Peek inside Gilded Age boudoirs at the MET’s latest exhibition

4 West 54th Street, the home of John D. Rockefeller. Today the MoMA’s garden occupies the site. (credit: Rockefeller Center Archives)
4 West 54th Street, the home of John D. Rockefeller. Today the MoMA’s garden occupies the site. (credit: Rockefeller Center Archives)

LLNYC recently visited the “Artistic Furniture of the Gilded Age” exhibit at the Metropolitan Museum of Art to drool over the fanciest home decor of yesteryear. This display may very well make the perfect companion piece to another museum show, “Gilded New York” currently at the Museum of the City of New York. While “Gilded New York” is housed in just a single room and features the most luxurious wares — clothing, artwork, jewelry, glass and silver — from the late 19th century, the Met’s exhibit concentrates solely on home furnishings, through the creations of some of the most notable design firms of the period.

Stained Glass Gilded Age
Stained glass by John La Farge

 

Fragment of wall covering from the dining room of the Worsham-Rockefeller House
Fragment of wall covering from the dining room of the Worsham-Rockefeller House (credit: The Metropolitan Museum of Art)
Curtain panels from the Moorish reception room of Worsham-Rockefeller House
Curtain panels from the Moorish reception room of Worsham-Rockefeller House (credit: The Metropolitan Museum of Art)

Housed in three galleries on the museum’s first floor devoted exclusively to classic furnishings, the exhibit is surprisingly intimate. The dim lighting adds to that mood and there are amazingly crafted stain-glass windows, intricate tile work, ornate wall coverings and lush velvet curtain panels.

But the real highlight here is the narrative. Who doesn’t love a good New York City love story — especially one filled with glorious property, jewels, power and success? While Arabella Worsham, a Southern widow, was dating railroad magnate Collis P. Huntington — a man 30 years her senior — she purchased a four-story townhouse with a two-story carriage house at 4 West 54th Street in 1877. She commissioned George A. Schastey to decorate this home in 1881. An renowned cabinetmaker in large part due to his Gilded Age clients, the exhibit highlights many of his unique and ornate creations.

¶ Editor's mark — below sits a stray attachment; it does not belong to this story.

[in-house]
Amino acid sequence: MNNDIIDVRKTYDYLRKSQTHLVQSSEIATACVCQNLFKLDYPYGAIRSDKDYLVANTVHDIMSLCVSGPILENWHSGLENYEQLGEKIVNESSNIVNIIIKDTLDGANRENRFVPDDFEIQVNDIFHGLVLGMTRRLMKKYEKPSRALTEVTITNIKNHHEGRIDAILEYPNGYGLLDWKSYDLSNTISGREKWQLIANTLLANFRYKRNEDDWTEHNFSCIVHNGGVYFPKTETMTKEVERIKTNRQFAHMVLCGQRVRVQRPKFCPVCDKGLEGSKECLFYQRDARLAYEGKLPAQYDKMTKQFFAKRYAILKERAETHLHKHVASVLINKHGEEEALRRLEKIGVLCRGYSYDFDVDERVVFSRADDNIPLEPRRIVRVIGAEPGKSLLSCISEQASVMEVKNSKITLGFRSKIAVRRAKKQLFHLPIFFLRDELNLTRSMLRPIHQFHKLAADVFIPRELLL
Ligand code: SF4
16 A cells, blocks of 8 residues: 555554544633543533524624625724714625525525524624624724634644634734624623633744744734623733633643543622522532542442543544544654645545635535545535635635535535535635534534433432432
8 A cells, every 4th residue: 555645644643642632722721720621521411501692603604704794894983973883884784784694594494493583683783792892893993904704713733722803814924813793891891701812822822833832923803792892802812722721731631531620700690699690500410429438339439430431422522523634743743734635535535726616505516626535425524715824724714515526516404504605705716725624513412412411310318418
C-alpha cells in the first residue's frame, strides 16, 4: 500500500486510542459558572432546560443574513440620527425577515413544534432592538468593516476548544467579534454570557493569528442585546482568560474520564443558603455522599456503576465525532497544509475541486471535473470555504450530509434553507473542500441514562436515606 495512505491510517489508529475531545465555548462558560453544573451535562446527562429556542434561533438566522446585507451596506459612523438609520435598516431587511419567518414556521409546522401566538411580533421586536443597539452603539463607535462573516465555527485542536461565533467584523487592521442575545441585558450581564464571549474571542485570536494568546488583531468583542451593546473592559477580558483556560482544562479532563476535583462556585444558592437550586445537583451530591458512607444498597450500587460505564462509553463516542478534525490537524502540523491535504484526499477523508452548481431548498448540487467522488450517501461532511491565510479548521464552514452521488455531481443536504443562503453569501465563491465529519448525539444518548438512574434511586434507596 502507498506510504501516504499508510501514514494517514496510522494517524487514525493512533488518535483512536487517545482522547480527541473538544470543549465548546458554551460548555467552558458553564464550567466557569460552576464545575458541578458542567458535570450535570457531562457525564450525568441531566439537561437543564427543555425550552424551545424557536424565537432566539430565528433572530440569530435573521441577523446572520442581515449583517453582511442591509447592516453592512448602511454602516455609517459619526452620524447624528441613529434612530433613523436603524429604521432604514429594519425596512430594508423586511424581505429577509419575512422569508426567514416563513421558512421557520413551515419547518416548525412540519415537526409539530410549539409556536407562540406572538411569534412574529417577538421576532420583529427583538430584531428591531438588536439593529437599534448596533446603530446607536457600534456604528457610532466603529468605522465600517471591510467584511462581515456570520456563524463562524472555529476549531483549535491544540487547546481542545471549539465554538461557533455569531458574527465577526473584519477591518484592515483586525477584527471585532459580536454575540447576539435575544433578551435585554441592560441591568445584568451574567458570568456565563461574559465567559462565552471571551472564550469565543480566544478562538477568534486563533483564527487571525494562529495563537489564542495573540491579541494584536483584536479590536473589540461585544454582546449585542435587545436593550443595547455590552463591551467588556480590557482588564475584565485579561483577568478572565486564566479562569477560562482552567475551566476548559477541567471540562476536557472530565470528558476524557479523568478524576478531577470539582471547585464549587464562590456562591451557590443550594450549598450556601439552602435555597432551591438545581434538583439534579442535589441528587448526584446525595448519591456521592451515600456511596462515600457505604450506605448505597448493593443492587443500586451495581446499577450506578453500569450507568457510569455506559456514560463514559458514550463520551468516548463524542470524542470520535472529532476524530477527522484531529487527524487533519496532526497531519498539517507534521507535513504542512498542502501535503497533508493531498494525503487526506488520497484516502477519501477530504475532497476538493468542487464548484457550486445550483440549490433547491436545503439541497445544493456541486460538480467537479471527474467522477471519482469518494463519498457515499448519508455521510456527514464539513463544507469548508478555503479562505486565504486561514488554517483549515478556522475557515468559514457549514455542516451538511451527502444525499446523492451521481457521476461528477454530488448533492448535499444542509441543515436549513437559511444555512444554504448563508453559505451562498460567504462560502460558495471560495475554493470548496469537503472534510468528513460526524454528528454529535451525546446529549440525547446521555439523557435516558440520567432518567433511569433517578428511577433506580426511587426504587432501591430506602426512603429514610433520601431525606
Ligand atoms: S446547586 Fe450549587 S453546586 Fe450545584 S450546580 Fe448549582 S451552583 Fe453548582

Most startlingly is the dressing room housed in the Worsham-Rockefeller House. Museum visitors are invited to peek into an actual window, peering into the dressing room like true New York City voyeurs, always curious about what their neighbors’ residence looks like inside.

Arabella Worsham
Arabella Worsham
Worsham-Rockefeller Dressing Room (Credit: the Metropolitan Museum of Art)
Worsham-Rockefeller Dressing Room (Credit: the Metropolitan Museum of Art)

Alice Cooney Frelinghuysen, Anthony W. and Lulu C. Wang, curator of American decorative arts at the Metropolitan Museum of Art explains it is both a literal and figurative “jewel box.”